While The Last Dance isn’t completely without criticism — ranging from Michael Jordan’s editorial control over his own story to the lack of Aussie centre Luc Longley — it did accomplish a few things that could one day also be applicable to Stephen Curry’s Golden State Warriors.
For one, it reintroduced the world to a beloved era of basketball through the lens of a legendary poster boy.
For another, the 10-episode format had ample scope to cover all of the important moments of the Chicago Bulls’ dynastic run, as well as show the perspectives of 90 different interviewees who were involved.
Much like Michael Jordan’s Chicago Bulls, Stephen Curry’s Golden State Warriors have completely changed how the game is played through their sustained dominance. Despite being initially overlooked due to his size, Curry — and the Warriors in general — are widely credited for the proliferation of the three-point line that has since become ubiquitous within the modern NBA.
The time removed from their playing career also allowed players featured in The Last Dance to drop the bravado, leave their egos at the door, and offer brand new insights upon reflecting on several iconic moments.
Not only have the Warriors had a revolving door of strong personalities entering/leaving the team’s roster, they’ve also come up against all of the sport’s biggest names.
We’re jumping the gun a bit here, but hearing from older versions of the iconic players that have faced the Warriors during this era — LeBron James, Russell Westbrook, James Harden, and Chris Paul, to name a few — provide their side of the story 20 years down the track already sounds like a mouth-watering proposition.
And that’s before you factor in chapters like Klay Thompson’s perspective on his return from injury, or Jordan Poole’s perspective on his altercation with Draymond Green, which will undoubtedly make for exceptional television/streaming one day.
This point became especially apparent during an earlier scene in Stephen Curry: Underrated.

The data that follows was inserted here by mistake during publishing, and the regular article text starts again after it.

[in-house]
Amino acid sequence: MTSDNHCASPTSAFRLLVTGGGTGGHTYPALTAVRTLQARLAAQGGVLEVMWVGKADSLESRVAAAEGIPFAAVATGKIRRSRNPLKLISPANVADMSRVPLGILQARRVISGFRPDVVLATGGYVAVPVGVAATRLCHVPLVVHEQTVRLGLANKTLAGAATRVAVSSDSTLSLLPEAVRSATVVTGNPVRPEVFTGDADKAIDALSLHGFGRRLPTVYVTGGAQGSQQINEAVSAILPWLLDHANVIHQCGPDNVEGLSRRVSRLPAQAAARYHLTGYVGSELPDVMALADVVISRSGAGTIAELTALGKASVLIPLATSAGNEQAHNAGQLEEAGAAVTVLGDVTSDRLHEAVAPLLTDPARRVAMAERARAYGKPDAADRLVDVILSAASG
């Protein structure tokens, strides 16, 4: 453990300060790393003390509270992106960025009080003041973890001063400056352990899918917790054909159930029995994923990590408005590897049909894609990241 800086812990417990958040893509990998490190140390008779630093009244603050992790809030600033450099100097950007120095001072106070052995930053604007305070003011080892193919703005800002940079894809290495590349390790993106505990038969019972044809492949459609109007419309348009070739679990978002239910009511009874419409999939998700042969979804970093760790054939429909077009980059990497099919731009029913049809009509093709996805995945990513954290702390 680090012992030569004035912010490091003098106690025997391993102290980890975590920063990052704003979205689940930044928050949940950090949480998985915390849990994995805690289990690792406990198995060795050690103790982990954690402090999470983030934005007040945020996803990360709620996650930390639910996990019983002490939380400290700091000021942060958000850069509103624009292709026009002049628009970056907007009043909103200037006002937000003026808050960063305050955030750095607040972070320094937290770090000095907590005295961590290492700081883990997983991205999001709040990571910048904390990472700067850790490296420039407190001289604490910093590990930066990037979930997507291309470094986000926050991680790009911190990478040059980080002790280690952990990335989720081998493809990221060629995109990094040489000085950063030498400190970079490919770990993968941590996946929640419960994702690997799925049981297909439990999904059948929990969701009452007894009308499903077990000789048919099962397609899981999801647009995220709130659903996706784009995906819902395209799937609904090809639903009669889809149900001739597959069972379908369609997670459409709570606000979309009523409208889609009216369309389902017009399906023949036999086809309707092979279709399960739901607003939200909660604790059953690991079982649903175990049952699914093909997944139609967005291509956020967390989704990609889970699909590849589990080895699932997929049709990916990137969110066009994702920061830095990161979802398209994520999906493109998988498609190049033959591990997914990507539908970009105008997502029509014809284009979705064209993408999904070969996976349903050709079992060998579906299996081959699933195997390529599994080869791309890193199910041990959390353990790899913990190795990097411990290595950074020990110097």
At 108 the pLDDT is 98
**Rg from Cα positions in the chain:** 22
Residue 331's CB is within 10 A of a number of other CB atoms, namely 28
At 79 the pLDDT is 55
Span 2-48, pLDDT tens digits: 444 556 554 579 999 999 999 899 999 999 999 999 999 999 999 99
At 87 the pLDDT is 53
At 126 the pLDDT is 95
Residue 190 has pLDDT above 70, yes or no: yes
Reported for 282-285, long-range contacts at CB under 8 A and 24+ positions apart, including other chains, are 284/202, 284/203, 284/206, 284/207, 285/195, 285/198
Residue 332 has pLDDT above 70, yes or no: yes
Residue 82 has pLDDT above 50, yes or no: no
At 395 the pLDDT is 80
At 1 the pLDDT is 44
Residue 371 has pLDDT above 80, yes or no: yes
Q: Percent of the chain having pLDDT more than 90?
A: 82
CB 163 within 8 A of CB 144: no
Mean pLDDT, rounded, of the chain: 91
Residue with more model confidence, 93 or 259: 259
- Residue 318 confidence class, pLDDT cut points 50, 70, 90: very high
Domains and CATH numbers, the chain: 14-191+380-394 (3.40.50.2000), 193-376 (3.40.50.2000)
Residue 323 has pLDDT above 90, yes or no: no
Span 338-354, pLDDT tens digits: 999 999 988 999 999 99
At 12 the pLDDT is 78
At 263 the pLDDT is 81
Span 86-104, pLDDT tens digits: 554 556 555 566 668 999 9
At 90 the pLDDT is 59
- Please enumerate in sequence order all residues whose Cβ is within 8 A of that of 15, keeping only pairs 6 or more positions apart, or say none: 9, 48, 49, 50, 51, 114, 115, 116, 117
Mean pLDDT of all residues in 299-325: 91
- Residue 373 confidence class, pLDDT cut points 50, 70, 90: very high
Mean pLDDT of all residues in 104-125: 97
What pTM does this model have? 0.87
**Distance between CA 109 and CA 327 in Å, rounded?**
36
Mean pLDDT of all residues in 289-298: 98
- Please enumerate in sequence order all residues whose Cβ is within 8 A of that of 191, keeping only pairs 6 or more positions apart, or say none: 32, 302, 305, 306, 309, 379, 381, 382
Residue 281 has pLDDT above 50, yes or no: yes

After breaking the all-time 3-point record in an away game against the New York Knicks, then-Brooklyn Nets player Kevin Durant stopped by to make an appearance at his former teammate’s celebration dinner hosted at the Big Apple.
Here, Curry expressed his love for KD and remarks that the latter is, “… the most misunderstood man in the fricking league.” It’s certainly a wholesome moment, but the documentary didn’t really have any room to elaborate on this specific point.
“In our profession, you know, there’s always narratives that kind of pop up that you can’t control,” Steph Curry explained when we prompted him about this moment.
“They try to paint a picture of you that may or may not be authentic to how you see things or how you approach things or what you really believe. You know, there are a lot of guys who approach it in different ways.”
“Whether you want to fight every narrative down and defend yourself or whether you just accept that that’s part of the reality of being an athlete at this level with the spotlight that’s on you on a daily basis.”
Curry added: “He’s a guy that’s such a good human being and guy to be around, a good friend, and great teammate in that sense. The fans — and his kind of sarcasm on social media and all that stuff — have a certain perspective of him, but when you really get to know him it’s entirely different.”
“So, for me, that was kind of what that comment meant. I enjoyed the three years that I got to play with him and we created some amazing memories. The guy just loves basketball and all the stuff that comes with it is kind of hit or miss.”
We’re fortunate enough to still be witnessing the events of this eventual documentary. For the time being, however, we’ll happily settle for getting (re)acquainted with the Golden State Warriors’ main man.
Stephen Curry: Underrated is now streaming on Apple TV+.